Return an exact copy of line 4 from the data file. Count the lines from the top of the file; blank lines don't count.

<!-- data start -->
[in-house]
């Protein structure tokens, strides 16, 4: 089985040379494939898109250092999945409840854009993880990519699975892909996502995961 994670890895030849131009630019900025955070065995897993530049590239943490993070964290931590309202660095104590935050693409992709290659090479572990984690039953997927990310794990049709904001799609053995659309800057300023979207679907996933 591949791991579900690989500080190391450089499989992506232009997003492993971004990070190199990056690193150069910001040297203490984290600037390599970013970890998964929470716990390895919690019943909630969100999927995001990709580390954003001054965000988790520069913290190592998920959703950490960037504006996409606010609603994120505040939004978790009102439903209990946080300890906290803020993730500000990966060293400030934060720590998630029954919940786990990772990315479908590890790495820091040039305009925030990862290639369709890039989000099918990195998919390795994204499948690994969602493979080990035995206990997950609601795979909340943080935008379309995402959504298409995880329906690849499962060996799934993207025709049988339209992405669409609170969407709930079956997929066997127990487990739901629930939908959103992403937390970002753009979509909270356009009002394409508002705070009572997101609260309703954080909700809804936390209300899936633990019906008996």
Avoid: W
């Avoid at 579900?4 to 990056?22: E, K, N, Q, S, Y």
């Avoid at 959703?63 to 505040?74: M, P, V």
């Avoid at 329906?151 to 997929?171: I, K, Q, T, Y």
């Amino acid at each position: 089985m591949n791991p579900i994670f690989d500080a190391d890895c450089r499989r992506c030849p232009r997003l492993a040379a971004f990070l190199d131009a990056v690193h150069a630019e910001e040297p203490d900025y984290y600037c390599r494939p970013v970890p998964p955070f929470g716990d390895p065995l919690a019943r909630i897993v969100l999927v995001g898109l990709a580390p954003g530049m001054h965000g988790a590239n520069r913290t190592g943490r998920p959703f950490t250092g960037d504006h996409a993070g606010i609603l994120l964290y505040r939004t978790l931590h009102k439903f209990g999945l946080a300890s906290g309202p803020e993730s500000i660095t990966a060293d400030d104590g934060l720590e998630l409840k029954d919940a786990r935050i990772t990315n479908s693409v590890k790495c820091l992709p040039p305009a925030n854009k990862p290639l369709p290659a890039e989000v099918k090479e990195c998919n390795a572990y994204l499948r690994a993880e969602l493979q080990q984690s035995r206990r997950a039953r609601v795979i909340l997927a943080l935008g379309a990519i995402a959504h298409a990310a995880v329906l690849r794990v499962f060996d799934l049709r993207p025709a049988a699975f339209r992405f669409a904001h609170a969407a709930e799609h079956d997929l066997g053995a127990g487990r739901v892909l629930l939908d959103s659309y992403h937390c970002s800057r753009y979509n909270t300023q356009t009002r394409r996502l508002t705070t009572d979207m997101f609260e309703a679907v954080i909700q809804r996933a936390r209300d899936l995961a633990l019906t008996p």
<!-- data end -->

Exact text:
């Avoid at 579900?4 to 990056?22: E, K, N, Q, S, Y």